Tuesday, 28 April 2009

melbourne food diary

A recent trip to Melbourne for an engagement party allowed me to venture south for the weekend and navigate around some new finds and old favourites of the gastronomic variety.

If there is one thing Melbourne do well (and there’s more than one), it’s creating accessible, comfortable places in which to pull up a pew and have a meal. There really does seem to be an innate understanding that customers don’t find copious amounts of stainless steel, laser-cut Perspex light fixtures and white, white, white a desirable ingredient when it comes to experiencing good food.

Atomica Cafe
268 Brunswick St
Fitzroy 3065
(03) 9417 4255

After an early morning flight from Sydney, we are met by the very talented Jordana Maisie, Sydney-based new media artist in Melbourne for the Melbourne Art show. We head directly to Atomica Cafe in Fitzroy – a favourite haunt of mine renowned for great coffee and generous servings when it comes to breakfast.


We arrive in time for a batch of smoked salmon, spinach and goats cheese quiches to be whisked out of the oven... it’s all about crisp pastry and soft, gooey filling. Mind you, this is just a pre-breakfast snack.


After settling on the Spanish omelette and eggs Benedict, we’re perfectly set. Like the eggs. If you’re going to cook eggs, you’d better do them properly (and there is more than one cafe in Sydney who can’t). Here, the yokes are runny and of an orange hue and the omelettes were neither rubbery nor underdone.

Shopping takes us into the city for a Rudd-funded splurge on Flinders Lane, Little Collins and Centre Place for Melbourne treasures from Extinct, Genki, Kinki Gerlinki, Cyberia and more. By early afternoon, pooped and hungry, what better a pick-me-up than roast duck noodles and congee from Chinatown?

An epic fail on my part as I don’t recall the name of the little dive we found, suffice to say that the same can always be said when looking for authentic Chinese food: Look for an establishment containing at least a 60% Asian dining contingent and you should be right.

The duck’s crisp skin covers tender, meaty flesh and the noodles and greens are perfectly al dente. I only ever order pa dan sao yuk chook (preserved egg congee with pork) and this one has generous chunks of egg (at least 1 whole egg!) for that earthy, pungent fragrance and flavour.


126 Chapel Street

(03) 9529 1644

Feeling a little green around the gills, the morning after the night before, but I am determined to soldier on. There are many more shopping and eating destinations to hit and a hangover isn’t an excuse!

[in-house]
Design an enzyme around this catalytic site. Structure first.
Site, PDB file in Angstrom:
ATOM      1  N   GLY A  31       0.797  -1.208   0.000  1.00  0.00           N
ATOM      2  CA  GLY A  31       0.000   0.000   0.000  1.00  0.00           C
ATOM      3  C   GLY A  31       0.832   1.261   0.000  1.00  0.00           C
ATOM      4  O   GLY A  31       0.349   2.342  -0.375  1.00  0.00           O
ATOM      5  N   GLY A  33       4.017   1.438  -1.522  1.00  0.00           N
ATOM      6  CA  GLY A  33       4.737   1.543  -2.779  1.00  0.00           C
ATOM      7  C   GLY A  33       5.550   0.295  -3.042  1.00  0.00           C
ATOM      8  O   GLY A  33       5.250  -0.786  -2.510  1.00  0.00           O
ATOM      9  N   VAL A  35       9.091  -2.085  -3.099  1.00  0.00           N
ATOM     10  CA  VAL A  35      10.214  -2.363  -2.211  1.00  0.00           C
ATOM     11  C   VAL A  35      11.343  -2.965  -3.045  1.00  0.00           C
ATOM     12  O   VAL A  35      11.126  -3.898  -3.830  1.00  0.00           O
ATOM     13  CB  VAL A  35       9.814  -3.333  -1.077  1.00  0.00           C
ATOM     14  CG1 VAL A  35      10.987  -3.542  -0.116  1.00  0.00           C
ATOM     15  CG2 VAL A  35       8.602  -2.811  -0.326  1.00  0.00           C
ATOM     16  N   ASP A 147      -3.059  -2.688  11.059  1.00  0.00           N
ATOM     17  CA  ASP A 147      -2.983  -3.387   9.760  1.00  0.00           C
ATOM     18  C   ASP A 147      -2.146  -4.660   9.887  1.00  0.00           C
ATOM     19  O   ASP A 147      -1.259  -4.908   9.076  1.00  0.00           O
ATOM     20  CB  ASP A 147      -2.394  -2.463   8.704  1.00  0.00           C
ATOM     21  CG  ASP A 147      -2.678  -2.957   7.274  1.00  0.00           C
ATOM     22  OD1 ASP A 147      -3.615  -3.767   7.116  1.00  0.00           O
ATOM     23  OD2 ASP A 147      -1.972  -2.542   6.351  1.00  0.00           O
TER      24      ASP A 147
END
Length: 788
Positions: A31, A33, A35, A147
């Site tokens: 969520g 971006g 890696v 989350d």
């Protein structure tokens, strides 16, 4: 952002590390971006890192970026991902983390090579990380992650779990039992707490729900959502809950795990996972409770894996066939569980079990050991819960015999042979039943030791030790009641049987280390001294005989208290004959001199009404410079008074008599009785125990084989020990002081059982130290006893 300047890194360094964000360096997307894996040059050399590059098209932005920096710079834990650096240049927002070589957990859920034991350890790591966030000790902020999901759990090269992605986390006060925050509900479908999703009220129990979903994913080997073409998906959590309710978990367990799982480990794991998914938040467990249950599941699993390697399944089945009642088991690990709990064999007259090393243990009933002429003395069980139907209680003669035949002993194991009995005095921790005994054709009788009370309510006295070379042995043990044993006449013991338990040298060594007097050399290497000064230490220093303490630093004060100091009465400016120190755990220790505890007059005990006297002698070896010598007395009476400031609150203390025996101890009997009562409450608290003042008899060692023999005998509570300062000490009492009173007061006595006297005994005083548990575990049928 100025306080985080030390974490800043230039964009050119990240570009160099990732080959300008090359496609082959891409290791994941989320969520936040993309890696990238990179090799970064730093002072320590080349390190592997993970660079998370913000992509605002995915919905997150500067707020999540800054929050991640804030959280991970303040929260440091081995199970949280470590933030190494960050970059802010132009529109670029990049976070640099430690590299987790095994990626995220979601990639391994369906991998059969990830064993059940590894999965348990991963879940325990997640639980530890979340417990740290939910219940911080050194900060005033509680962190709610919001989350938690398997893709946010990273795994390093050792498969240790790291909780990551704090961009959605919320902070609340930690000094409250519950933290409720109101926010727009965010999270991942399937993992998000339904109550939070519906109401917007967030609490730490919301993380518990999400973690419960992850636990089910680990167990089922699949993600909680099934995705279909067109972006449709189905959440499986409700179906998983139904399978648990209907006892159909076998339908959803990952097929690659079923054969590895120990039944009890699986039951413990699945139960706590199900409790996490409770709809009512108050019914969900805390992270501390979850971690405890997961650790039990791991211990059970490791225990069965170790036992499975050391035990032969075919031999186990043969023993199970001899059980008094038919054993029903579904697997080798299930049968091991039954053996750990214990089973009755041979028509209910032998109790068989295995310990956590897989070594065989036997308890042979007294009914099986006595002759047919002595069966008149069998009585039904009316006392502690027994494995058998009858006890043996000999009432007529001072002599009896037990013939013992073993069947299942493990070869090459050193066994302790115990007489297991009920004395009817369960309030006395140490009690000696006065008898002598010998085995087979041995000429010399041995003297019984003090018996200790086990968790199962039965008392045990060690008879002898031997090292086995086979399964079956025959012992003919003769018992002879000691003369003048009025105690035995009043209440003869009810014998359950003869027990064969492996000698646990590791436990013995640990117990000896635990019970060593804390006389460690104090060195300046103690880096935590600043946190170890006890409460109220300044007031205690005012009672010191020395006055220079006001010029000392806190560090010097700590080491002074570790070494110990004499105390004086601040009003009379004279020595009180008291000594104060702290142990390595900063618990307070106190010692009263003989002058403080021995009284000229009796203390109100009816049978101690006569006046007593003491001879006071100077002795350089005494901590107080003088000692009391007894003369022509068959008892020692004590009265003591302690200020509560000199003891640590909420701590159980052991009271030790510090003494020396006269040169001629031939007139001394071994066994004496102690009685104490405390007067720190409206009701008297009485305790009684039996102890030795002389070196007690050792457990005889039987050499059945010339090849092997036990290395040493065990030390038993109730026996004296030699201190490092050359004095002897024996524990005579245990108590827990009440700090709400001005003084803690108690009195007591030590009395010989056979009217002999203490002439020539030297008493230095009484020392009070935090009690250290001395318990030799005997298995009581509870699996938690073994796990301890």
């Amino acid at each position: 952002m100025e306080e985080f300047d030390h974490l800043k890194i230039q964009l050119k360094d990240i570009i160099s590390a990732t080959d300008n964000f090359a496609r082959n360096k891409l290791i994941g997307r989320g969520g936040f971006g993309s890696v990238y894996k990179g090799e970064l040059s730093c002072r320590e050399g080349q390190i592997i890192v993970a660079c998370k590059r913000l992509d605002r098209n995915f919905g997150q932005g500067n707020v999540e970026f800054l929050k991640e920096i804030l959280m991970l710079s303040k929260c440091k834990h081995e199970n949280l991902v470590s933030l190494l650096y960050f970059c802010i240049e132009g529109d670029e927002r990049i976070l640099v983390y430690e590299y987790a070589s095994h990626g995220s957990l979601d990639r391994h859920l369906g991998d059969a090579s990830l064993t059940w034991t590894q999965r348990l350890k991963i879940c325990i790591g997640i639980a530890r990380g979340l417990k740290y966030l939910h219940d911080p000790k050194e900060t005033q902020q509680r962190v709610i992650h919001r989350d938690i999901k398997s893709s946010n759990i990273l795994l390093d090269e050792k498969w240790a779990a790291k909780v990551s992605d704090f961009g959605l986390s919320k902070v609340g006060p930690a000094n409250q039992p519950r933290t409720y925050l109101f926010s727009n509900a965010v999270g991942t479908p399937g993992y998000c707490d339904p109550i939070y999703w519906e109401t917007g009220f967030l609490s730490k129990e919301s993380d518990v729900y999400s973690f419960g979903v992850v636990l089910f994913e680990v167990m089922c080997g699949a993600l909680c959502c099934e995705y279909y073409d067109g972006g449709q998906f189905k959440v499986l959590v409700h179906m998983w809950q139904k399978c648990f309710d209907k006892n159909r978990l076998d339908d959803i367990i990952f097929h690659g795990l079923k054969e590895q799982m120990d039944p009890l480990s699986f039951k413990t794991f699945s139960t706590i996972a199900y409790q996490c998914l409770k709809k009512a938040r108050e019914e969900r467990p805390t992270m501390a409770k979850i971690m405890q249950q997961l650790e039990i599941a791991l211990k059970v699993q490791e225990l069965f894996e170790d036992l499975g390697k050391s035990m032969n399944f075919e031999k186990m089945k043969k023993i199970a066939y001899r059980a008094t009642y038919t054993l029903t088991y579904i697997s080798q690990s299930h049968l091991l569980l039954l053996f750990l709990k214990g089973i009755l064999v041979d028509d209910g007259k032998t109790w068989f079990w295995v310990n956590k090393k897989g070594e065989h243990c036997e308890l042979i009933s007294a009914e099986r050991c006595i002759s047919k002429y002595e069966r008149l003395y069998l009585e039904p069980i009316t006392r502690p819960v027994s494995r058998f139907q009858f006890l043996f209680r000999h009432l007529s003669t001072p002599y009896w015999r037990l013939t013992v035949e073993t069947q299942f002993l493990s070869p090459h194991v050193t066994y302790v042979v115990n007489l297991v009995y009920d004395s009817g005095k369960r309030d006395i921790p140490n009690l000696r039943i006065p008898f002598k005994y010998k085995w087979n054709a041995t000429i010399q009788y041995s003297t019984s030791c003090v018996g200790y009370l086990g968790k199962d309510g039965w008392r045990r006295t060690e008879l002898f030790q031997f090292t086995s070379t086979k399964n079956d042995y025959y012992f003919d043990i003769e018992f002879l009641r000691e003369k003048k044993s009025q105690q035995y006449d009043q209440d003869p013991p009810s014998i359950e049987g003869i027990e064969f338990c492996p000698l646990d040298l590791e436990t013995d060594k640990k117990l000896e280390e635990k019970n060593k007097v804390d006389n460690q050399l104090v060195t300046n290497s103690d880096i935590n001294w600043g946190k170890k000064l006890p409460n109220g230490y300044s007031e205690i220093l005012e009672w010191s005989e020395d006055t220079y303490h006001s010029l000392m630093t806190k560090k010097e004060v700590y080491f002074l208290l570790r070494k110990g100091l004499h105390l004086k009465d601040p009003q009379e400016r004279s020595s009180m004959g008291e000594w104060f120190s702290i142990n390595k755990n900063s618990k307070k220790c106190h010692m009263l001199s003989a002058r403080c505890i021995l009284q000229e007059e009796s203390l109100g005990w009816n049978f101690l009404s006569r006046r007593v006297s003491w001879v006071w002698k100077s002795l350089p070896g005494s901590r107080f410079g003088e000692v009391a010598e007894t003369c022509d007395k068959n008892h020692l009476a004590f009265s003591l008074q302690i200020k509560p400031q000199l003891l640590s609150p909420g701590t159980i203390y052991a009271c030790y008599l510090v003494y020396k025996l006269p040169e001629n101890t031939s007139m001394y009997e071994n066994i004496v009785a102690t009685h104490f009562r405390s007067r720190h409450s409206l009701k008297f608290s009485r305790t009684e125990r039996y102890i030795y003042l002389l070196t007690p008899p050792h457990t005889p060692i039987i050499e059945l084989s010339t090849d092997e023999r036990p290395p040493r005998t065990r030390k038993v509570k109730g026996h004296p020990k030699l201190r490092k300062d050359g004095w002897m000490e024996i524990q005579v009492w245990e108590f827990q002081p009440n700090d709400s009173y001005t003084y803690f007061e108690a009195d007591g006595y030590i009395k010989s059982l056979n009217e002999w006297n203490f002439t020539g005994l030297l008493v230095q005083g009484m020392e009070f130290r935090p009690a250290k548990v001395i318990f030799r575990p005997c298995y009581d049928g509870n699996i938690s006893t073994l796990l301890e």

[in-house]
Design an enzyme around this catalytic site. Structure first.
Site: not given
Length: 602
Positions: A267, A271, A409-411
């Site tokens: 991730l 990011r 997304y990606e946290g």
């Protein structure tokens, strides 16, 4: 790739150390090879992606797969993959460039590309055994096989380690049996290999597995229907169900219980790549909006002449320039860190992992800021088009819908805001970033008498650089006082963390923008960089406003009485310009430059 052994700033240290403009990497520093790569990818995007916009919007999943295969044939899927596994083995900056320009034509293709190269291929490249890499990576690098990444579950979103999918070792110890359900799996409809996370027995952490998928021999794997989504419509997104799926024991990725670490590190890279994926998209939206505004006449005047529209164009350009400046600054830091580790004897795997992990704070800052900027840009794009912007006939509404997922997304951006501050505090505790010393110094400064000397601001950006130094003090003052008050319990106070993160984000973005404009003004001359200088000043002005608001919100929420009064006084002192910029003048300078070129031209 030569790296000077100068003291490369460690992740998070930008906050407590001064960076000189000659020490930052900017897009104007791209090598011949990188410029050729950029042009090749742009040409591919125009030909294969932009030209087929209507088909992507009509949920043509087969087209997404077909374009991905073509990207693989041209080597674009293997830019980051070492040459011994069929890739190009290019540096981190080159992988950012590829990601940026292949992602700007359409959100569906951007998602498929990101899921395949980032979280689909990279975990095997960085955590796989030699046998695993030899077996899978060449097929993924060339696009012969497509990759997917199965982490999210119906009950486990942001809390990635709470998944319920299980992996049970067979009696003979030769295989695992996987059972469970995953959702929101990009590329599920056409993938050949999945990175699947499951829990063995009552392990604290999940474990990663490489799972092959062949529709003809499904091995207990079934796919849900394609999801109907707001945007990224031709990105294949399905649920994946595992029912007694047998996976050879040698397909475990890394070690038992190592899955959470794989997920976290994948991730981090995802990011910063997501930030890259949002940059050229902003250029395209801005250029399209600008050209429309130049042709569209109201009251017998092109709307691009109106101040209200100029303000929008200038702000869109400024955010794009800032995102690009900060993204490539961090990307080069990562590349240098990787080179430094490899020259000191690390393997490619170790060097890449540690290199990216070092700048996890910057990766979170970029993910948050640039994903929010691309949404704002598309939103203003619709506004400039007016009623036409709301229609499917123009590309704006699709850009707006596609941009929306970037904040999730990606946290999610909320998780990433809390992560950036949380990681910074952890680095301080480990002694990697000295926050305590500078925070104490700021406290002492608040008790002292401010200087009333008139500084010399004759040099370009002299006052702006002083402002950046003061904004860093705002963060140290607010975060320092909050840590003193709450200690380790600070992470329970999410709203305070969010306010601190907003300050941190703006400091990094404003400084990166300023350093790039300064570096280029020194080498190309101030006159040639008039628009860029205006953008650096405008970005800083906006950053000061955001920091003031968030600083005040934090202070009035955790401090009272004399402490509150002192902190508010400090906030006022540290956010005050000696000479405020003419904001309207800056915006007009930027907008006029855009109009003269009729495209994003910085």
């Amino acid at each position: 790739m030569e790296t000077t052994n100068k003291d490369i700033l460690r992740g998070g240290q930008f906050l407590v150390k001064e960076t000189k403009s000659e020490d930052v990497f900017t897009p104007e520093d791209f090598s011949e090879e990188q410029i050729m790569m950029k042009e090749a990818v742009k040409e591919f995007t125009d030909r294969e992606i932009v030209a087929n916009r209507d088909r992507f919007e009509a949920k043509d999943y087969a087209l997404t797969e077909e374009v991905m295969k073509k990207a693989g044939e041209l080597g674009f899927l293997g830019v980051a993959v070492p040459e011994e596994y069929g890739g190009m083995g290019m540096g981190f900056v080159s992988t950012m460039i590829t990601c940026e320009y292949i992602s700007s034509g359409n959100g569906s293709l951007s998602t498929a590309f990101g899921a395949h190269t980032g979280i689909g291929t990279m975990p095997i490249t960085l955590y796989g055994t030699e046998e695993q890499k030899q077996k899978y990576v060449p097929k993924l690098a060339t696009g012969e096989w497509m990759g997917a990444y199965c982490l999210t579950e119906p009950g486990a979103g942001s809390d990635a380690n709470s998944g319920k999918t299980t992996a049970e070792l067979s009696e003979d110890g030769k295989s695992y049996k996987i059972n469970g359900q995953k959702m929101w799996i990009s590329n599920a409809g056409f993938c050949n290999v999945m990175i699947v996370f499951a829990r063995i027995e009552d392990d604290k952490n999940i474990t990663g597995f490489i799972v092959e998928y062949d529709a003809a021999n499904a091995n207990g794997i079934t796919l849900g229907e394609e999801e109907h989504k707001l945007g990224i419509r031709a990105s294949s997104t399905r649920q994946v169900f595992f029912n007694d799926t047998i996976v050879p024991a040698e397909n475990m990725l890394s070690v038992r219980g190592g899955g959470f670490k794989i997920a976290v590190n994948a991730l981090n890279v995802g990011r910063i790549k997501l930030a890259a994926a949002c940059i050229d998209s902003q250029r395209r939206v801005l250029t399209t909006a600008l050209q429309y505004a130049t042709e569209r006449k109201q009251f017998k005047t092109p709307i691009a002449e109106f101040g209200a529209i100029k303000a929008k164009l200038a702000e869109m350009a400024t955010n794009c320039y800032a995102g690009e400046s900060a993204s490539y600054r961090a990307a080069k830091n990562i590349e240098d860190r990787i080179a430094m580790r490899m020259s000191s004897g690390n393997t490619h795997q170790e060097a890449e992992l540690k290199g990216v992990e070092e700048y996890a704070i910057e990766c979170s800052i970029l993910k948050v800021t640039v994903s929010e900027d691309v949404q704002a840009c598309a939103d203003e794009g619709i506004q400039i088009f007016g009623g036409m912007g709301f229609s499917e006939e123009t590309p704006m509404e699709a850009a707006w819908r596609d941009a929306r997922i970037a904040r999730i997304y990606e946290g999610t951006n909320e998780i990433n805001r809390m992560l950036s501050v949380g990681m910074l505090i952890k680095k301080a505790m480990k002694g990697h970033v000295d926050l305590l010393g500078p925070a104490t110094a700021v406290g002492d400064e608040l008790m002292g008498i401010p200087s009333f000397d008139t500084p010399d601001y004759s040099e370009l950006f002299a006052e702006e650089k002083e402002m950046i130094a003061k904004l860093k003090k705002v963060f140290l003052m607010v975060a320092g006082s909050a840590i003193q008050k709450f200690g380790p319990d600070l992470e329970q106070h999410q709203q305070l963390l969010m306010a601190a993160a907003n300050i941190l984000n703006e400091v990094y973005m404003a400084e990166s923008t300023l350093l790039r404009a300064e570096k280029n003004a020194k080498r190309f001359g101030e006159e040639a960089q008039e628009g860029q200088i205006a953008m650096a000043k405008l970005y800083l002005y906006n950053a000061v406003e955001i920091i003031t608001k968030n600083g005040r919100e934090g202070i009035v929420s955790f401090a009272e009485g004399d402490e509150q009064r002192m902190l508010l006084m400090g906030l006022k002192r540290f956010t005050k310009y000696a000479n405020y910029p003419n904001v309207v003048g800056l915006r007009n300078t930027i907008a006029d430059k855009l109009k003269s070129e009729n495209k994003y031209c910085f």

Orange cafe looks like a more worn-in version of Ash Street Cellars (in the Merivale behemoth that is the Ivy), Sydney. Think Parisian chic meets New York’s Pasti’s cool.

A hardworking cafe slash wine bar slash restaurant, breakfast is served by some very dapper waiters with manicured mo’s and snappy dress style. It’s all about chipolatas, poached eggs and bacon to sooth jangled nerves...and the coffee here (as always in Melbourne) is reliably good.

Ay Oriental Teahouse

455 Chapel Street
South Yarra Vic 3141

Still not satisfied with a bank-up breakfast, Yum Cha seems to be calling. And whilst Chinatown is nowhere in sight, South Yarra’s Ay Oriental Teahouse is. It's a bit like a mullet (business in the front, party in the back), there’s a tea shop in the front and a bar slash restaurant at the back and upstairs.

Sexier than your average yum cha, Boo Boo – the vibe is blended with equal doses of ‘hip Melbourne bar’ and ‘chic tea house’ rather than your stock standard yum cha decor of salmon walls, lurid carpet and noisy acoustics.

The food is a combination of traditional Yum Cha, along with dishes that Australians seem to demand are present anytime Chinese is on the menu such as Peking Duck pancakes and Xiao Long Bao.

Most amusing is the non-Chinese wait staff (equal opportunity laws?). My dreadlocked waiter asks me "Would you like a football dumpling?” – aka Harm Soi Gok (those fried glutinous dumplings with pork, chive and dried shrimp within).

Pick up some tea on your way out...there’s a tincture and blend for every ailment...if nothing more than to aid digestion.

Aix Creperie

24 Centre Pl
Melbourne 3000 VIC

Generous, and thicker than an average crepe...but if you’re hungry for the quintessential cafe experience in inner-city Melbourne, you’ll do well to visit Centre Place and Aix Creperie.

From sweet lemon and sugar to savoury prosciutto, spinach and ricotta, there’s bound to be a creation that will tickle your tastebuds. The Vittoria coffee isn’t my favourite bean brand, but the guys here seem to make it work.